The Darlington project would require the outright purchase of 15,860 acres. The Tyneses' property just south of the confluence of the Amite River and Darling Creek and the Armstrongs' property nearby would be included.

All those acres would make way for a 12,600-acre primary flood pool and for a 3.6-mile-long earthen dam and concrete spillway.

Another 10,309 acres would have "flowage easements" placed on them, allowing the Corps to flood the property if necessary and greatly restrict use and new construction.

The latest Corps maps, with the areas targeted for flowage easements included, cover a far broader area than first shown in the Corps' feasibility reports, though they were displayed more recently in public meetings. The affected areas now reach the Mississippi state line. The flowage easements are needed to handle what the Corps of Engineers calls the "maximum probable flood" when the dam is closed.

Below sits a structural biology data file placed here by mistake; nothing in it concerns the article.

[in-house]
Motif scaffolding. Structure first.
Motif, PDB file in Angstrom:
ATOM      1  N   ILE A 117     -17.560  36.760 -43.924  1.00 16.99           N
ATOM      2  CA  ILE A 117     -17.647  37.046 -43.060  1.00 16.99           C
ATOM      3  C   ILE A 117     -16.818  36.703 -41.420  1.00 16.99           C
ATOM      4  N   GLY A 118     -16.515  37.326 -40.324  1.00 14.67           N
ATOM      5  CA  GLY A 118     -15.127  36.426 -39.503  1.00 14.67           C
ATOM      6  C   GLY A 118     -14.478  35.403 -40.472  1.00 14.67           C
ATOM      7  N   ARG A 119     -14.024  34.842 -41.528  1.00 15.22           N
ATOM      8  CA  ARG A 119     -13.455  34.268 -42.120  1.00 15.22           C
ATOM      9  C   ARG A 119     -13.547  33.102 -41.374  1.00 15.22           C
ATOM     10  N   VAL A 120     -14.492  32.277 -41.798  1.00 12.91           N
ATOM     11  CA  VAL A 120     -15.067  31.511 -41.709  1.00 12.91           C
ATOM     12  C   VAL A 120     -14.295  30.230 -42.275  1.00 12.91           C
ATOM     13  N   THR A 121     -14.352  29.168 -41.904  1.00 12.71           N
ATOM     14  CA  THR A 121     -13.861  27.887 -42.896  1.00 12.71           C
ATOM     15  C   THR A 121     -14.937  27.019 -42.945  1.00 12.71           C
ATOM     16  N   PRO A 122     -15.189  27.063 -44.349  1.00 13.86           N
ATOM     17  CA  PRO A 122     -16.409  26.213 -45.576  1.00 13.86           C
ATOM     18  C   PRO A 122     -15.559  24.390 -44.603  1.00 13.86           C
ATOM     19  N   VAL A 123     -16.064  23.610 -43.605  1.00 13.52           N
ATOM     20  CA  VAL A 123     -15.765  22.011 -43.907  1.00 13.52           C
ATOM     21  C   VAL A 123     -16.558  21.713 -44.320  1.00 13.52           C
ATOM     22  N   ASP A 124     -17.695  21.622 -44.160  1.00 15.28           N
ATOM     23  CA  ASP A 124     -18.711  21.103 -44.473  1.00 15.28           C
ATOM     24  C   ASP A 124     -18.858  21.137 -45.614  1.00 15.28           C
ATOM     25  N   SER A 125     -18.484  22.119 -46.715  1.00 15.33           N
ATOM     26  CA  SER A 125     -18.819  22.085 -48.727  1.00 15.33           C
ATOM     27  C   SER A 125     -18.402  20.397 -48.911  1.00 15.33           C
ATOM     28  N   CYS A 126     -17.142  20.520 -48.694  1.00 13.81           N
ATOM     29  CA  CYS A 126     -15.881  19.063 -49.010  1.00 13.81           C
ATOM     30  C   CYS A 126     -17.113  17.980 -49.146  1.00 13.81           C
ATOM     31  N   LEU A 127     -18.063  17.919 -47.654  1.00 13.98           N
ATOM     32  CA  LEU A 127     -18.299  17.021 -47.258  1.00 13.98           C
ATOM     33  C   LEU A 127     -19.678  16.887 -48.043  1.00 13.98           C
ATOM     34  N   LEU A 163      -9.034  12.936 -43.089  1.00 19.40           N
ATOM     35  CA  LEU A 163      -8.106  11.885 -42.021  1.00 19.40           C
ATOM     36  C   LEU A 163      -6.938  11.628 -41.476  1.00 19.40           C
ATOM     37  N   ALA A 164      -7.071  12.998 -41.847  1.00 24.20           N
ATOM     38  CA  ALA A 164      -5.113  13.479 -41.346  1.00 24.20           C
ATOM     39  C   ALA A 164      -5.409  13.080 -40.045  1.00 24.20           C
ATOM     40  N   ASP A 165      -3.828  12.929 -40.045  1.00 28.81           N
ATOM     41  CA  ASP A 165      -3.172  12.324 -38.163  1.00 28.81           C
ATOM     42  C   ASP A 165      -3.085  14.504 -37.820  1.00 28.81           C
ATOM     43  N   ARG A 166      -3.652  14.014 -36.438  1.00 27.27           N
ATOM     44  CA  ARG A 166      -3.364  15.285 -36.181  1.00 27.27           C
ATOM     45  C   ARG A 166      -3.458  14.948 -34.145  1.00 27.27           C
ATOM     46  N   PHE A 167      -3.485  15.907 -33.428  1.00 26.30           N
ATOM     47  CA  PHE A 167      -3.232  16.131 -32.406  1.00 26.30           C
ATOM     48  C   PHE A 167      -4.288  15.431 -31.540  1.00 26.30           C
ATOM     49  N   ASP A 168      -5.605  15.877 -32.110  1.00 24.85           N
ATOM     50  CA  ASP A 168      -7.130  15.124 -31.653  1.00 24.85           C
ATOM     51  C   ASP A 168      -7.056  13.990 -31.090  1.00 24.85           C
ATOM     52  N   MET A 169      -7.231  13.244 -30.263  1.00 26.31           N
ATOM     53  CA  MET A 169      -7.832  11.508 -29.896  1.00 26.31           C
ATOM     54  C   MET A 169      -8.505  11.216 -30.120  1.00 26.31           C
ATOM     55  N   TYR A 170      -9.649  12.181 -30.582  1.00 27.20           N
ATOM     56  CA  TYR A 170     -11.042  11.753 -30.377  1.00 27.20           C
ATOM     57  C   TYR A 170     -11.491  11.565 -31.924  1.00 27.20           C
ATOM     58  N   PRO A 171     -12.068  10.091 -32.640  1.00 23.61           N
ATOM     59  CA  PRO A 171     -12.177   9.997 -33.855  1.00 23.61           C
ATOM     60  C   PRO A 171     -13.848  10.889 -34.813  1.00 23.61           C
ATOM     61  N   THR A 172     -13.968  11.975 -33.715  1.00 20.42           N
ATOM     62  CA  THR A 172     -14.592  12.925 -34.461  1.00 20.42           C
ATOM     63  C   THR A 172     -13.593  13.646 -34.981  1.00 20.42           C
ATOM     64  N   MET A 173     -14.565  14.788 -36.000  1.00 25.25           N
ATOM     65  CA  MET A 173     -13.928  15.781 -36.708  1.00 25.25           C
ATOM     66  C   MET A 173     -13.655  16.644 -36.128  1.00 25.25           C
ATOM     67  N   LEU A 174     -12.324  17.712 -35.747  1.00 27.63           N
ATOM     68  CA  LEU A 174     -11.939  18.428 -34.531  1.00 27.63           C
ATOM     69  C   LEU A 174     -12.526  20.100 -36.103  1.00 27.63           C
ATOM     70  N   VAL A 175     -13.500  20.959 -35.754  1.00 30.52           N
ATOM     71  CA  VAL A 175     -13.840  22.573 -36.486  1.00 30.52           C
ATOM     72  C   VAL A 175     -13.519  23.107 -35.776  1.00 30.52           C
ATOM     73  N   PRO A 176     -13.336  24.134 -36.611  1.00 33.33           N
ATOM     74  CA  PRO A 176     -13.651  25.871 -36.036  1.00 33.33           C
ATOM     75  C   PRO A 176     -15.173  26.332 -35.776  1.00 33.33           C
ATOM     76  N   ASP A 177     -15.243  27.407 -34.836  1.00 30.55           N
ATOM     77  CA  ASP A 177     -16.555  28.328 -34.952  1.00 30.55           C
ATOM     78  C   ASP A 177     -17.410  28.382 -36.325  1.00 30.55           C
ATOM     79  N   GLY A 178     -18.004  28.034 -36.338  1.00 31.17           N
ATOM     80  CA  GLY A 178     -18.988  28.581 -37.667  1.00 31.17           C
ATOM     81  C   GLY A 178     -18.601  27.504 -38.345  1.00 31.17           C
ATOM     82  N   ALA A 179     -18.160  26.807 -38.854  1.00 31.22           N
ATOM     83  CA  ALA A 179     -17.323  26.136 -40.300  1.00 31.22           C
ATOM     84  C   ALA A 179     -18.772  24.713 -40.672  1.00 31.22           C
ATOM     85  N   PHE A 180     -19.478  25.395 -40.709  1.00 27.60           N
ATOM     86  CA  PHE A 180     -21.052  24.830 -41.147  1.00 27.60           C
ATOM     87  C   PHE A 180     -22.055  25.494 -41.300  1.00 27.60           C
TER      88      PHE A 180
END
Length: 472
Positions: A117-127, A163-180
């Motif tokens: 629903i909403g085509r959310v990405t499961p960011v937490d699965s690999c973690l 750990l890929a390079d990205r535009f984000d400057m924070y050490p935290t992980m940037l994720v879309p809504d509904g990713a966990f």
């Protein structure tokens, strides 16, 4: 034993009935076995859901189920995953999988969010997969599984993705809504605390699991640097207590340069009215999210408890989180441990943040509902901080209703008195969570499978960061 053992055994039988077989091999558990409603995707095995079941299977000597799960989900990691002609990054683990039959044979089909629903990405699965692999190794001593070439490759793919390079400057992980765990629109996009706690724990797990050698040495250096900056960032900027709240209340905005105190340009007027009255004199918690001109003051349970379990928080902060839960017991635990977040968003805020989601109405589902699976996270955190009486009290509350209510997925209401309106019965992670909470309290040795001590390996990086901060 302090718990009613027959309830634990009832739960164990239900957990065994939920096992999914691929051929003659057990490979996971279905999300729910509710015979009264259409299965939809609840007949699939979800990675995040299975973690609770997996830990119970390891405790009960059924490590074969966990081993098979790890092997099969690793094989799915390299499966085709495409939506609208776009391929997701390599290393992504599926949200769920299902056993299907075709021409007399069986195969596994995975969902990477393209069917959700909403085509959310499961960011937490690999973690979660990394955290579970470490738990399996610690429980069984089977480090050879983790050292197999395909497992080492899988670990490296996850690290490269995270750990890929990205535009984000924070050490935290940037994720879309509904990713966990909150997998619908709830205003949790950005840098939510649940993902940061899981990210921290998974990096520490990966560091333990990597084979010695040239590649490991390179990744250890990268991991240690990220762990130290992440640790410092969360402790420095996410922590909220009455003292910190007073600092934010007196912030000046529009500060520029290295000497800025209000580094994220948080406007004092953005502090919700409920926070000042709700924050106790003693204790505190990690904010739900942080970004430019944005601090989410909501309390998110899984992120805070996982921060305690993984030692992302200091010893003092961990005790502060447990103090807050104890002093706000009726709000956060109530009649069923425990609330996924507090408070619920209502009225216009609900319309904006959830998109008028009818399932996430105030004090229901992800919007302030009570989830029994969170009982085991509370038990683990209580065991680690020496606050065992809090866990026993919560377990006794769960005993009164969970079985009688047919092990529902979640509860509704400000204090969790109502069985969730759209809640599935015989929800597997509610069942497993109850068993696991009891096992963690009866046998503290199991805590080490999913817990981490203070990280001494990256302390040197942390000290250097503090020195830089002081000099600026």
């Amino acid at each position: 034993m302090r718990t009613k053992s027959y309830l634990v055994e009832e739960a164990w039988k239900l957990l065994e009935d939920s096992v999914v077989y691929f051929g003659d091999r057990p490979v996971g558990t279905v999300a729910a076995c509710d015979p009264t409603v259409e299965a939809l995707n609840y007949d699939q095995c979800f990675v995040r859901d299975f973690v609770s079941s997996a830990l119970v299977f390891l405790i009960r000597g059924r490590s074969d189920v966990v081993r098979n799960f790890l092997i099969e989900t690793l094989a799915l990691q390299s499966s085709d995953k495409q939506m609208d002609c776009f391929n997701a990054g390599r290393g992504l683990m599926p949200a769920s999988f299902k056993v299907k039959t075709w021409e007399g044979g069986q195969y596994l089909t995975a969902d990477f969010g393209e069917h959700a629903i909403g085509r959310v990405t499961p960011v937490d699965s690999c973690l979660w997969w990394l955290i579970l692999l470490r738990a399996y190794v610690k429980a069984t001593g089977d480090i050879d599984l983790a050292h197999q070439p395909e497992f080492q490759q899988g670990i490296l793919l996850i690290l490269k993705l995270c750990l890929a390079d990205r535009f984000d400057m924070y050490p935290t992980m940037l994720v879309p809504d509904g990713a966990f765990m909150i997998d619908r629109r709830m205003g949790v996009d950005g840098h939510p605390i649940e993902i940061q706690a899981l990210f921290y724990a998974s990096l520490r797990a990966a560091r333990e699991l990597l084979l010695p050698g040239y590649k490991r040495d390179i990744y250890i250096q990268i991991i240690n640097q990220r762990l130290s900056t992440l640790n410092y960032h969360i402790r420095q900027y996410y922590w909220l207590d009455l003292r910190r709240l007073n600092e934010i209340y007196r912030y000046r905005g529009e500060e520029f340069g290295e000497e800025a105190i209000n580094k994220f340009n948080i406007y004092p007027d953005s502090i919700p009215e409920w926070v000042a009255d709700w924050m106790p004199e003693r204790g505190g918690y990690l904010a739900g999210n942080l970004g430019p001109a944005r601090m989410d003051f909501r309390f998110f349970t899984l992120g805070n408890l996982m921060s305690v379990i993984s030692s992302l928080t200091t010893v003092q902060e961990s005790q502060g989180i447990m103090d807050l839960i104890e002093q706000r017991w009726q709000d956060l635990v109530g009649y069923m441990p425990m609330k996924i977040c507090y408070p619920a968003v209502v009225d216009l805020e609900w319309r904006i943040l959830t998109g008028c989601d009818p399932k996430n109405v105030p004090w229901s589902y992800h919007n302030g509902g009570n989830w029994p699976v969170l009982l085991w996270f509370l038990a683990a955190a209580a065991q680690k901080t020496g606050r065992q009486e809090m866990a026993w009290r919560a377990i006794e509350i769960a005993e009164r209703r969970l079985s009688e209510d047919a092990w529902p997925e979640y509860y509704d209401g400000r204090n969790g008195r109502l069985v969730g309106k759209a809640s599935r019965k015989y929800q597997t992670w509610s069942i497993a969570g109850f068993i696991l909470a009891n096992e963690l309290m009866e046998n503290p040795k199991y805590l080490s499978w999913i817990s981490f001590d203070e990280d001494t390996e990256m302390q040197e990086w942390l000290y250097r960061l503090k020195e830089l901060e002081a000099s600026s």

Corps spokesman Matthew Roe couldn't give a precise storm probability, but he said the agency "erred on the conservative side by assuming an event greater than anything previously recorded in this area but still has a realistic probability of occurring."

Roe said the next phase of the project is expected to refine the study further.

Though a key decision is expected this spring, the final study won't be finished until late 2021 with three to five years of design to follow. Construction isn't yet funded, the Corps said.


Email David J. Mitchell at dmitchell@theadvocate.com